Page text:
When Dave Gibbons phoned me up, he assured me that these [Watchmen] prequels and sequels would be handled by ‘the industry's top-flight talents'. Now, I don't think that the contemporary industry actually has a ‘top-flight' of talent. I don't think it's even got a middle-flight or a bottom-flight of talent…
At the end of the day, if they haven't got any properties that are valuable enough, but they have got these ‘top-flight industry creators' that are ready to produce these prequels and sequels to Watchmen, well this is probably a radical idea, but could they not get one of the ‘top-flight industry creators' to come up with an idea of their own? Why are DC Comics trying to exploit a comic book that I wrote 25 years ago if they have got anything? Sure they ought to have had an equivalent idea since? I could ask about why Marvel Comics are churning out or planning to bring out my ancient Marvelman stories, which are even older, if they had a viable idea of their own in the quarter-century since I wrote those works. I mean, surely that would be a much easier solution than all of this clandestine stuff? Just simply get some of your top-flight talent to put out a book that the wider public outside of the comics field find as interesting or as appealing as the stuff that I wrote 25 years ago. It shouldn't be too big an ask, should it? I wouldn't have thought so. And it would solve an awful lot of problems. They must have one creator, surely, in the entire American industry that could do equivalent work to something I did 25 years ago. It would be insulting to think that there weren't.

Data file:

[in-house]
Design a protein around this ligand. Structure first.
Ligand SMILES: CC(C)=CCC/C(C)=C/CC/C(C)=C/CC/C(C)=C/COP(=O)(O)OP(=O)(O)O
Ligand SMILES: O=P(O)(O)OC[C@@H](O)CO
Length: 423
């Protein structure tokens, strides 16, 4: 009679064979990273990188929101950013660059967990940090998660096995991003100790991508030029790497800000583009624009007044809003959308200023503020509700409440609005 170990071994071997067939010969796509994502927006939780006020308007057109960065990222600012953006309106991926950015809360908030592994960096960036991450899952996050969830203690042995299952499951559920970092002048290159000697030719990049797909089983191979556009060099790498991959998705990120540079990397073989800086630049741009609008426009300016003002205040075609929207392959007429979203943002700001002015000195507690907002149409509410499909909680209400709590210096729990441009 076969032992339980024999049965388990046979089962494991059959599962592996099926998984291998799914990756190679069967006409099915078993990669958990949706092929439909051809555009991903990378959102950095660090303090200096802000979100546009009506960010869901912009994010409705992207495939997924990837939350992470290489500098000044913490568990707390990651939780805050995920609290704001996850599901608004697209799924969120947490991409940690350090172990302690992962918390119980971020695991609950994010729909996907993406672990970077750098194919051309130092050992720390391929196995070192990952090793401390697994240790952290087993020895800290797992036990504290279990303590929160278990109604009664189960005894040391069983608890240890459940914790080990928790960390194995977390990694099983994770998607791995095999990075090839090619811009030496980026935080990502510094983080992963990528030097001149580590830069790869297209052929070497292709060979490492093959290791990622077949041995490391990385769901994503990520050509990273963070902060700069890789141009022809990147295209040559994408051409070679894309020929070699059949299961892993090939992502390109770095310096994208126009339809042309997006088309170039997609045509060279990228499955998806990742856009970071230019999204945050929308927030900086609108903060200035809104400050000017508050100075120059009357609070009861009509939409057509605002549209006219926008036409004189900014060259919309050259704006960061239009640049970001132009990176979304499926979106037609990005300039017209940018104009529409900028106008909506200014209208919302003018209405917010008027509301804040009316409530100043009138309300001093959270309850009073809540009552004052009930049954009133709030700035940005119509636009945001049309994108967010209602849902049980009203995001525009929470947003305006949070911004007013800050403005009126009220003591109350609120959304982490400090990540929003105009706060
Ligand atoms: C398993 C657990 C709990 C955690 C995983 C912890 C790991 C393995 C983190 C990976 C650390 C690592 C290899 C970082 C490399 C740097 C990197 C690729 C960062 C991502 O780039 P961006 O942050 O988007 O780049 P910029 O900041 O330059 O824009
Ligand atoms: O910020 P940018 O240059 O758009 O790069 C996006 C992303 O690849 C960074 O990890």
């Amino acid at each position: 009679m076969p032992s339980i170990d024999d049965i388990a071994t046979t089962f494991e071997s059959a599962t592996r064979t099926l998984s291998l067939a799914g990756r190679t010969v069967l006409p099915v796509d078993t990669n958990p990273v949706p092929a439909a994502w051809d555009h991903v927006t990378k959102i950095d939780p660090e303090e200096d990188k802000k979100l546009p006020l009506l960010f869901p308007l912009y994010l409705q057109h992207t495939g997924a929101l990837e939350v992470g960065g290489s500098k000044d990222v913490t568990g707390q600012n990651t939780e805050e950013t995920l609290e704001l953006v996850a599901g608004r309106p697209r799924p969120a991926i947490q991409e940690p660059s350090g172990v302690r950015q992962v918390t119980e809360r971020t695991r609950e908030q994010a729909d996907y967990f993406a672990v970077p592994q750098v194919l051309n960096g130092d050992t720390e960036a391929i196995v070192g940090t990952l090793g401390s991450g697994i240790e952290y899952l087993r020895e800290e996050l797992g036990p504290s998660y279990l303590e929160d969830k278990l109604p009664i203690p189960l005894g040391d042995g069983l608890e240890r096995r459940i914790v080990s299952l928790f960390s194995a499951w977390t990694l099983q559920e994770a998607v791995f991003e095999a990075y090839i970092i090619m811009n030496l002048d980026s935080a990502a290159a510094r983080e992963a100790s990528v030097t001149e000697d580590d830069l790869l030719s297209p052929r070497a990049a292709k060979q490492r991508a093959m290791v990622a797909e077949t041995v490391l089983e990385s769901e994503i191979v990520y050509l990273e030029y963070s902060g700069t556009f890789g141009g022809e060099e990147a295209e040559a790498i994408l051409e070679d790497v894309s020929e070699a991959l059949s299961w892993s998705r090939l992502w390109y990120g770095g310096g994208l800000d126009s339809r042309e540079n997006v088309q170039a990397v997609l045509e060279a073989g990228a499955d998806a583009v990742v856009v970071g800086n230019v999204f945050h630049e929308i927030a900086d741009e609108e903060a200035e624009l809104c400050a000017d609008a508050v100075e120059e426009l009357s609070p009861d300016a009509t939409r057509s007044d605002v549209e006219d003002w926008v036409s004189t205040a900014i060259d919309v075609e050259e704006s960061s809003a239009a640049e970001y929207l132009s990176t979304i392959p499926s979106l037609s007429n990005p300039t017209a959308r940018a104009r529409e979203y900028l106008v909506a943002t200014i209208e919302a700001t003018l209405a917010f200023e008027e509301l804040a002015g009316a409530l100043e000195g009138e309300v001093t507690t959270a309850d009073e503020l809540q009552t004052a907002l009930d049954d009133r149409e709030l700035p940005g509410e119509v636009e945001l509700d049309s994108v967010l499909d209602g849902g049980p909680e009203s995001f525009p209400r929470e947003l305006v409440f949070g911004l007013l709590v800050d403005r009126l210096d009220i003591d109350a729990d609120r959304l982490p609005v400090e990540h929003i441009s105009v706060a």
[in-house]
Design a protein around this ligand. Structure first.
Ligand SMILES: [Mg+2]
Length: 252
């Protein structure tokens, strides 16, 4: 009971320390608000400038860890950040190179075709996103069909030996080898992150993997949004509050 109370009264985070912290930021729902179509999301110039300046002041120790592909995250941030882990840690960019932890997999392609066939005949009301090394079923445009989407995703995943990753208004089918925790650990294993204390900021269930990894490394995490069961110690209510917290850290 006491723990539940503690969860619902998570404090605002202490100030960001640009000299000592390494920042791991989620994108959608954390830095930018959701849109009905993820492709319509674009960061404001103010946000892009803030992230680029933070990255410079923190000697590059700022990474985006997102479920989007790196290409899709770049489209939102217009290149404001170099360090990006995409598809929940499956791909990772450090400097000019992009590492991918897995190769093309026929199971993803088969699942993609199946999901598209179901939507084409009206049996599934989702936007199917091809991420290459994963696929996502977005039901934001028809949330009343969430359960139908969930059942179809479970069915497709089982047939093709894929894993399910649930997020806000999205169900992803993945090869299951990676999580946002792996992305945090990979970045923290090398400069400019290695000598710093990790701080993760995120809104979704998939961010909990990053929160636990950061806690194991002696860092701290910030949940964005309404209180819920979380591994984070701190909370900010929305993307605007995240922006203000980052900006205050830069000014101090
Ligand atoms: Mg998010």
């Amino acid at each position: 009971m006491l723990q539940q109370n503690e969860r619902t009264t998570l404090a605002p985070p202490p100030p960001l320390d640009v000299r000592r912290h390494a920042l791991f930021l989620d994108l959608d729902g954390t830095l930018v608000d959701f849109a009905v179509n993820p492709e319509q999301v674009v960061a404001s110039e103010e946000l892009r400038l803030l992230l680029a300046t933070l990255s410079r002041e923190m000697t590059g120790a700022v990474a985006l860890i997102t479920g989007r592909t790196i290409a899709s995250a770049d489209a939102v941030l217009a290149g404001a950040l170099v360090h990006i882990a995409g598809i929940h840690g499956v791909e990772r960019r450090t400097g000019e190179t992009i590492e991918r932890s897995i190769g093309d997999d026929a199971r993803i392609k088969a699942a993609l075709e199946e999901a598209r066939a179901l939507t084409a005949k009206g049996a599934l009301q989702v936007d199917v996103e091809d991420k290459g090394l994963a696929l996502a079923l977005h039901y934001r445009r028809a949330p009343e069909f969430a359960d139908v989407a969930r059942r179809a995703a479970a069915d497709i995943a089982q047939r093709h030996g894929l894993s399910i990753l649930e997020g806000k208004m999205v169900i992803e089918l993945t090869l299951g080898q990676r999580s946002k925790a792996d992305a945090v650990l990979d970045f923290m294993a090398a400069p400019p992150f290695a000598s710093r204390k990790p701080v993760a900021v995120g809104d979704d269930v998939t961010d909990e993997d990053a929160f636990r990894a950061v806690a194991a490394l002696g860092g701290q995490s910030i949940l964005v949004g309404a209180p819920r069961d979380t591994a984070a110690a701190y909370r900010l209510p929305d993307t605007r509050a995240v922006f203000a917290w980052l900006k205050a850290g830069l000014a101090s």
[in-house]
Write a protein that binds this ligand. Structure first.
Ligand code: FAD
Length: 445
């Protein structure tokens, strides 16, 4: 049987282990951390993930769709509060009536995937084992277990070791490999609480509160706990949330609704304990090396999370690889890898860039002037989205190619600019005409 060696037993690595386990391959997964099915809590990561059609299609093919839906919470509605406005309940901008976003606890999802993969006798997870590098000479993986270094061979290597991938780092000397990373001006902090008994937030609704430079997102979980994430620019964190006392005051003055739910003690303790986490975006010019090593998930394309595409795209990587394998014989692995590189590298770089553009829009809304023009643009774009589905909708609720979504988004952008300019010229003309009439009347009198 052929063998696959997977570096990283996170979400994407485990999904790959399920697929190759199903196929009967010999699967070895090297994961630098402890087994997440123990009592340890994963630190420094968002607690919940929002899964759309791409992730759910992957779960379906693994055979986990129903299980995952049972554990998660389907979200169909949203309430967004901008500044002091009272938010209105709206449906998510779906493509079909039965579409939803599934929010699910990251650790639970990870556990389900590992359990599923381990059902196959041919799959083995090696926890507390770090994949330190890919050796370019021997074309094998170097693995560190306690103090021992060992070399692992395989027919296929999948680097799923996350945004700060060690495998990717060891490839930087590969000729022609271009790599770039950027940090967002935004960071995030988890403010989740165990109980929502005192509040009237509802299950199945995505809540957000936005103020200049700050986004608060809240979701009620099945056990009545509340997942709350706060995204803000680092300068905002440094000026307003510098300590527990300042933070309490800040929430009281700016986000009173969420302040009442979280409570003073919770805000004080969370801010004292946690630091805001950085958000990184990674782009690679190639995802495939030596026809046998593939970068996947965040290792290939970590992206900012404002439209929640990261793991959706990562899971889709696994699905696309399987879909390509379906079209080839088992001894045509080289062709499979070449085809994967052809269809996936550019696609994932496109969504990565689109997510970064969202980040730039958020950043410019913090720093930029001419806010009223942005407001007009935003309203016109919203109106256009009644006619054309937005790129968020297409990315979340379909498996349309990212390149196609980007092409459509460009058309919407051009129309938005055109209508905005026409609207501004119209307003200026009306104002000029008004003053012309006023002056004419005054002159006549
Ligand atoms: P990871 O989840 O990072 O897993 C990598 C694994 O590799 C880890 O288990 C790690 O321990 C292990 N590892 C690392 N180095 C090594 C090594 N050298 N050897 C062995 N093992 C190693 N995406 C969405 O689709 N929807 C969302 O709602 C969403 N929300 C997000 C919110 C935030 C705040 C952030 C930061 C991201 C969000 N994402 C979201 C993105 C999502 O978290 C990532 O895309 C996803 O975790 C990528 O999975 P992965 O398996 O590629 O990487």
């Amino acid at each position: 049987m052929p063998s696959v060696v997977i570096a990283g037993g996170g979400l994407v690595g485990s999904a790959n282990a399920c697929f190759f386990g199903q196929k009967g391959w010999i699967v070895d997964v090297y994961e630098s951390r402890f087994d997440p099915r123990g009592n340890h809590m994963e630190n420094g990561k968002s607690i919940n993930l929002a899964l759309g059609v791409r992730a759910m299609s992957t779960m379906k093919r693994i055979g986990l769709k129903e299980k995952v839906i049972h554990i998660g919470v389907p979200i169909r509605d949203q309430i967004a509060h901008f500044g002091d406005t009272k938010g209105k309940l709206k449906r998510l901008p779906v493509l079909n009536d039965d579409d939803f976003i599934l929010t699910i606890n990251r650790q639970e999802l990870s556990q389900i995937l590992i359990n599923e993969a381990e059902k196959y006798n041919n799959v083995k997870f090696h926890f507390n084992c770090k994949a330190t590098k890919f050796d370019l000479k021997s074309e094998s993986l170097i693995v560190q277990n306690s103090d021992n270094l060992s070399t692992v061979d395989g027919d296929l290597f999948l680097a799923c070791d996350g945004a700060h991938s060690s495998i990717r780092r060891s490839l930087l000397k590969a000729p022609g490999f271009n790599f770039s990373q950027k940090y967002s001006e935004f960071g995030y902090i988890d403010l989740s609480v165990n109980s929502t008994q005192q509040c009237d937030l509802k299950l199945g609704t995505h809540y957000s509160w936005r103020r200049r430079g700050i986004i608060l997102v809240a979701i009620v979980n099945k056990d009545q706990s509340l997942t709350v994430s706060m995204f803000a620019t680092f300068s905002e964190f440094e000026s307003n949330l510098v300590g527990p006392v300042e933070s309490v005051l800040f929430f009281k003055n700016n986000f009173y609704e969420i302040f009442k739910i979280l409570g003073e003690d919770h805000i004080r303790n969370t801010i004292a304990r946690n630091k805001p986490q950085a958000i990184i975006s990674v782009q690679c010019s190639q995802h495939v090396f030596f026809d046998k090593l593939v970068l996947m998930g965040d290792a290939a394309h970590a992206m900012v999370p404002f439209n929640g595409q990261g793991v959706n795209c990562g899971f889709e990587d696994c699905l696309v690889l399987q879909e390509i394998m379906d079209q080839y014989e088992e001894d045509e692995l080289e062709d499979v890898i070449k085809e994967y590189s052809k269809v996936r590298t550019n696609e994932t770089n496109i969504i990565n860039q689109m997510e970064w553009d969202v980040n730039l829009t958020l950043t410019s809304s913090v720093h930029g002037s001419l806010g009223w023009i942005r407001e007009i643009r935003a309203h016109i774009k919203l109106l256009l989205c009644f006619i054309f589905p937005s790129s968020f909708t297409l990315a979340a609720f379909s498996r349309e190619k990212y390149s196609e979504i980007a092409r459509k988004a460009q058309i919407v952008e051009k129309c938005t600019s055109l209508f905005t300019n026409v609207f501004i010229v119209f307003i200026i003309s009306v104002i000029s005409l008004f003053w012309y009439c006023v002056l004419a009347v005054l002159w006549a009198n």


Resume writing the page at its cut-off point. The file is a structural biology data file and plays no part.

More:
Aaron responded, in part, by saying:
Apparently it's my fault, as a modern-day comic creator, that poor Alan Moore continues to be so bedeviled by Marvel and DC. If I just didn't suck so bad, along with all my peers, then comic book companies wouldn't have to keep making Moore so miserable.
As a fan, I'd just rather not support someone who so blatantly insults me and my friends.
I know comics has always had and will always have its share of bitter old men. And usually those guys have every right to be bitter as the industry has a long track record of fucking over creators. But I've never had one of them actually blame me for their problems before.
Jason Aaron is ticked off with Alan Moore, and I understand where he's coming from. He acknowledges having been a huge Moore fan up until these comments, and a lot of us know from experience that what your idols say carries a lot more impact than, let's say, something coming from some random Internet denizen. To the point where maybe sometimes we read more into their comments than is intended.
Aaron sums up Moore's comments as blaming the current generation of comics creators for his troubles with DC and Marvel, but I think he's being somewhat facetious there. Alan's anger is pretty clearly directed towards the companies who he feels have disregarded his rights as creator but have continued to exploit his work for profit for decades. In the process, that anger splashes over and manages to make some rude insinuations about people who aren't involved. But I don't think anyone really believes that Moore is saying "All these troubles I've had with the companies over the years are the fault of today's creators."